1. In this case the applicants gave information to the Police about certain alleged circumstances in relation to a woman who had just died, and this amounted to information of the commission of a non-cognizable offence. It was made to the Police who obtained the authority of a Magistrate as required by Section 155 of the Criminal Procedure Code to investigate the case. In empowering them to do this the Magistrate directed that they (the Police) should report to him. No report was ever made. Even if the Magistrate had not directed a report to be made, Section 173 of the Code requires that it should be made. The case is one that could not be disposed of without the order of the Magistrate in some form or another. But no report was made to the Magistrate and no order was made by him and the case as a matter of fact has never been disposed of. Meantime, however, the Police instituted proceedings against the persons who had given the information and prosecuted them under Section 211 of the Indian Penal Code. They obtained a conviction before the Magistrate. On application in revision to the Sessions Judge he referred the matter to us. The ground he took was that the trial which took place without the Magistrate's sanction was illegal. In substance I dare say that that is perfectly true, although technically it may be that that reason is doubtful because of the circumstance that the proceedings did not go before the Magistrate and apparently so far as the police are concerned were not intended to go before him. I mean the proceedings of the investigation into the non-cognizable case. But however that may be, there is another objection which seems to me more fundamental and more cogent than the want of a sanction. It is that, as I have explained, the case had not come to an end and could not come to an end without an order of the Magistrate. This being so, it is contrary to the method and the spirit, contrary indeed to the whole system of our criminal procedure, that the police should be allowed to prosecute in the way they have done without ever haying the case disposed of by a Magistrate. The point is one not of technicality but of very great importance. One need say little to show how absolutely contrary to our system things would be if the police were allowed, independently of the Magistrates, to take proceedings, as they have done here, in cases which had never been disposed of by a Magistrate.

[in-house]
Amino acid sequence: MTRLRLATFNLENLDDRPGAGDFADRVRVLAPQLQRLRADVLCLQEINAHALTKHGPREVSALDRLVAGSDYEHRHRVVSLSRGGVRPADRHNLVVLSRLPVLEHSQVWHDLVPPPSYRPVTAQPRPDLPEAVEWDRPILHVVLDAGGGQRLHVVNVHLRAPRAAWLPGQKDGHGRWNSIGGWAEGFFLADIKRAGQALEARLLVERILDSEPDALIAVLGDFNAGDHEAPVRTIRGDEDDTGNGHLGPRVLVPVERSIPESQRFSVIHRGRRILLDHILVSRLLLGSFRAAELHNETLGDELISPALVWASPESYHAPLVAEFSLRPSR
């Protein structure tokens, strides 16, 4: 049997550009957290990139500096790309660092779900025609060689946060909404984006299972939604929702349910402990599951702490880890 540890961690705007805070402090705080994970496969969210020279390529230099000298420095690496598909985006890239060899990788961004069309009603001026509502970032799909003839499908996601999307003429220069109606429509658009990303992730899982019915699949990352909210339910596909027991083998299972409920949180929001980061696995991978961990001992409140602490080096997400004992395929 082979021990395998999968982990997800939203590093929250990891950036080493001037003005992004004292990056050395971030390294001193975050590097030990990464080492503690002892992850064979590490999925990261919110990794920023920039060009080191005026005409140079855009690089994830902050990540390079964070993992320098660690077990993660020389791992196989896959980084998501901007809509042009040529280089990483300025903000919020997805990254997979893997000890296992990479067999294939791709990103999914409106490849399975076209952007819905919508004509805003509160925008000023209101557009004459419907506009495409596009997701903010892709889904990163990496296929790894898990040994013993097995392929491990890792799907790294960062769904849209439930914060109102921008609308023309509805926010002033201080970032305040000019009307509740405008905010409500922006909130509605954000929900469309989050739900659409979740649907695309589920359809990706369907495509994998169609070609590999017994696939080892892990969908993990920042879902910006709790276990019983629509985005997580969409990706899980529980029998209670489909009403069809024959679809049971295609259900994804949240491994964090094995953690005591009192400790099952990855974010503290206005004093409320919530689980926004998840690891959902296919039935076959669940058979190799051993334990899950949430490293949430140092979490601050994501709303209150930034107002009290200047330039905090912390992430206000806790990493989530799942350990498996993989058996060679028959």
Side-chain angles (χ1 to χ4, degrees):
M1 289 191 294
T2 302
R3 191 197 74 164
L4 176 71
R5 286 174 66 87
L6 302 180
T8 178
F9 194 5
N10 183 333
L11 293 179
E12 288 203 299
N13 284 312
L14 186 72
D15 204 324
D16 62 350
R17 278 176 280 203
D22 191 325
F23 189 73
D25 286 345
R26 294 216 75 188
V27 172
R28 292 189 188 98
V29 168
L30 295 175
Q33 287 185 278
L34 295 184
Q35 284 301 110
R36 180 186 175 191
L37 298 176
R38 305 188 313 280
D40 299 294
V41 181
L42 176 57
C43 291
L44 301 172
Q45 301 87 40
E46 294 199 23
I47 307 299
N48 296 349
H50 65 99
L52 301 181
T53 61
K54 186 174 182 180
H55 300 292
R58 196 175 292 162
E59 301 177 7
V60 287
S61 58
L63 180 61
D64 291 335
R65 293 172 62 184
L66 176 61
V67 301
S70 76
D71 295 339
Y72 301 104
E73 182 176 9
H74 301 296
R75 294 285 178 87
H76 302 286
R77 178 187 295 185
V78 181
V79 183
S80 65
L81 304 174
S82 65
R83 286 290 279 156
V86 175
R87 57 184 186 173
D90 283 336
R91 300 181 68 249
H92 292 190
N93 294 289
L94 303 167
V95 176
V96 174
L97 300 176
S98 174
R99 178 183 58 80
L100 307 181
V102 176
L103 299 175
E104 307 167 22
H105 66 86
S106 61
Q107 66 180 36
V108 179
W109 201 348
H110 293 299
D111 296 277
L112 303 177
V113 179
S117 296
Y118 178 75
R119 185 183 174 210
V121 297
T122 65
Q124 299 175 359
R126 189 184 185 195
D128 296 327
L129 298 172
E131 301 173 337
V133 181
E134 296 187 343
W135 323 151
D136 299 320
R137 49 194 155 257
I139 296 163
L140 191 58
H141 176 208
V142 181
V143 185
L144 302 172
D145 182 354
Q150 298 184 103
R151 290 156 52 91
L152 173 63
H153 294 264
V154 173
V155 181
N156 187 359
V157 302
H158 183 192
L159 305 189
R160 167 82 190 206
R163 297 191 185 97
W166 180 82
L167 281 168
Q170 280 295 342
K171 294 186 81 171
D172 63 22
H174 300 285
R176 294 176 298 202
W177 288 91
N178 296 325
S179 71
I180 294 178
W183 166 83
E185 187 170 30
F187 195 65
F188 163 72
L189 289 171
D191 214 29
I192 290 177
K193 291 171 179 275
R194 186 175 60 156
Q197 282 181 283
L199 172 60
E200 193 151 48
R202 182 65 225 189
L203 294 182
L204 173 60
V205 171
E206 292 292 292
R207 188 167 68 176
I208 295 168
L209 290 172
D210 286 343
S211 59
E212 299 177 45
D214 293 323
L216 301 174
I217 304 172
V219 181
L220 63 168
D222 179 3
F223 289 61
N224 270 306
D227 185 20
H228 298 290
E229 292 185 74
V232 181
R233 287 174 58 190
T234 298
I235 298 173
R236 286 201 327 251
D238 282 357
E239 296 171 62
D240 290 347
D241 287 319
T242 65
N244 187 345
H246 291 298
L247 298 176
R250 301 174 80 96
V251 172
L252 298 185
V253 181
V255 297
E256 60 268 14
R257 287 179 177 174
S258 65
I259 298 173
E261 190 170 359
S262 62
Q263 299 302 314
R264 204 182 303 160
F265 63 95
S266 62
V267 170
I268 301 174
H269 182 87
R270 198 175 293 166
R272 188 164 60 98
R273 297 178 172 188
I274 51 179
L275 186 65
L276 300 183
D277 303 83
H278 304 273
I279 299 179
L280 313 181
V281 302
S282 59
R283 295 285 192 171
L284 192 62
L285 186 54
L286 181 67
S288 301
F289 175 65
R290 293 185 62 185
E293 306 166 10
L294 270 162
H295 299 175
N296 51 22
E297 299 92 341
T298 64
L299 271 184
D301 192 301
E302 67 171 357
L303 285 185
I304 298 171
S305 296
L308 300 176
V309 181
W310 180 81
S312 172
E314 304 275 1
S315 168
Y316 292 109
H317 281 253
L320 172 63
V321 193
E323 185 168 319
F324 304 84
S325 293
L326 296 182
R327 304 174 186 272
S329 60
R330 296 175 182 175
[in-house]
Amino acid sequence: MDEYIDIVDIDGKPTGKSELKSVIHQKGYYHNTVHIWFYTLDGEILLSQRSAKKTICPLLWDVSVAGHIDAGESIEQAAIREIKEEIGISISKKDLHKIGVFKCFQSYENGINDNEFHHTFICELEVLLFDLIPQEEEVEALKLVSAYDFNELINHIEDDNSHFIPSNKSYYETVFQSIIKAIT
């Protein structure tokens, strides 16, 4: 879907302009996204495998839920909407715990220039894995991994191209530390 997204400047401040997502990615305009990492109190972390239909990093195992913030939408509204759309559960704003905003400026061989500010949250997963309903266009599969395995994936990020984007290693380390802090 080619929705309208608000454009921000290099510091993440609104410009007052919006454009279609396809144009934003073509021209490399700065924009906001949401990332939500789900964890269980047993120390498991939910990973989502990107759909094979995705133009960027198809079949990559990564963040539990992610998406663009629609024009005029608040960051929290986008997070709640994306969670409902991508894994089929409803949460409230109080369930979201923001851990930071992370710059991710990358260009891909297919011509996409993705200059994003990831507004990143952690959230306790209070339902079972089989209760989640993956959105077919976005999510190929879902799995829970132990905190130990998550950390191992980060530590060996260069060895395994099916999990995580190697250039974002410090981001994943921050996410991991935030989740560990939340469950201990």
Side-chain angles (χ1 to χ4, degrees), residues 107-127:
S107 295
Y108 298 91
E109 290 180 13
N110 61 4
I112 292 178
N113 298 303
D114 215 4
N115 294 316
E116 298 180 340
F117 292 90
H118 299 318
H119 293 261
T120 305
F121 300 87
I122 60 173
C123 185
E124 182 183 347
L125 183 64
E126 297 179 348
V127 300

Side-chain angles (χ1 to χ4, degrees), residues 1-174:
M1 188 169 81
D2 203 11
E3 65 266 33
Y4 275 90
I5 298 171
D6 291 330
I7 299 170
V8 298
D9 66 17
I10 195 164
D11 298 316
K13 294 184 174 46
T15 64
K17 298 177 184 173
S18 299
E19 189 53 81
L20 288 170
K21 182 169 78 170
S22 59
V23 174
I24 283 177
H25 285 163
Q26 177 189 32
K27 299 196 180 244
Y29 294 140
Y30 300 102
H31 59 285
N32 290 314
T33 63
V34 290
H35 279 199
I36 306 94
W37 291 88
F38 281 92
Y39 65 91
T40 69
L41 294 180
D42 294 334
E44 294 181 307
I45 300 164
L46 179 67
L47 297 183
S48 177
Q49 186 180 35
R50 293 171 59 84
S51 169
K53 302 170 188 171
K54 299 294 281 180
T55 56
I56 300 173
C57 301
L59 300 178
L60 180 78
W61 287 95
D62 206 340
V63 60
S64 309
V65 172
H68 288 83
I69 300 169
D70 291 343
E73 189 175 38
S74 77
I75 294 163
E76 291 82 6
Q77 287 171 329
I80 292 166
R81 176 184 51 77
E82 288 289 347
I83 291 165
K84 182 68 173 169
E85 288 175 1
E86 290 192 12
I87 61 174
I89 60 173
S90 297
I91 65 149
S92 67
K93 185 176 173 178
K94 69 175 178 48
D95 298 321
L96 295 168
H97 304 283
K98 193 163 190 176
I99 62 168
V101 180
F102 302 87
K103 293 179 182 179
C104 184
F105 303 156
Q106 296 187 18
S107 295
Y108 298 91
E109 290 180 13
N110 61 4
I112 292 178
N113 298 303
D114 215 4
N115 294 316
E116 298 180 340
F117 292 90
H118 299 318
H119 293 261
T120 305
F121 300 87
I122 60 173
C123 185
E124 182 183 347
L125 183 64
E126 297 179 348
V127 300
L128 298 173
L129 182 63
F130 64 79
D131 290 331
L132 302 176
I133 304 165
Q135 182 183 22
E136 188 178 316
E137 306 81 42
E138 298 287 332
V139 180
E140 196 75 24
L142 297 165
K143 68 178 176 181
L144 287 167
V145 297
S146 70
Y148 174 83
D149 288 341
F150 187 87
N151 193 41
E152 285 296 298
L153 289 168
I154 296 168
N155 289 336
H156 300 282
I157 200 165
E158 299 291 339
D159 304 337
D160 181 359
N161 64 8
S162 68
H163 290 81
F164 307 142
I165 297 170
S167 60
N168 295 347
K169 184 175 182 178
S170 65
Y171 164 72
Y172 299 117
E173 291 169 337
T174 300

2. For that important and fundamental defect I consider that the whole of these proceedings are bad and that the conviction must be set aside.
3. I concur.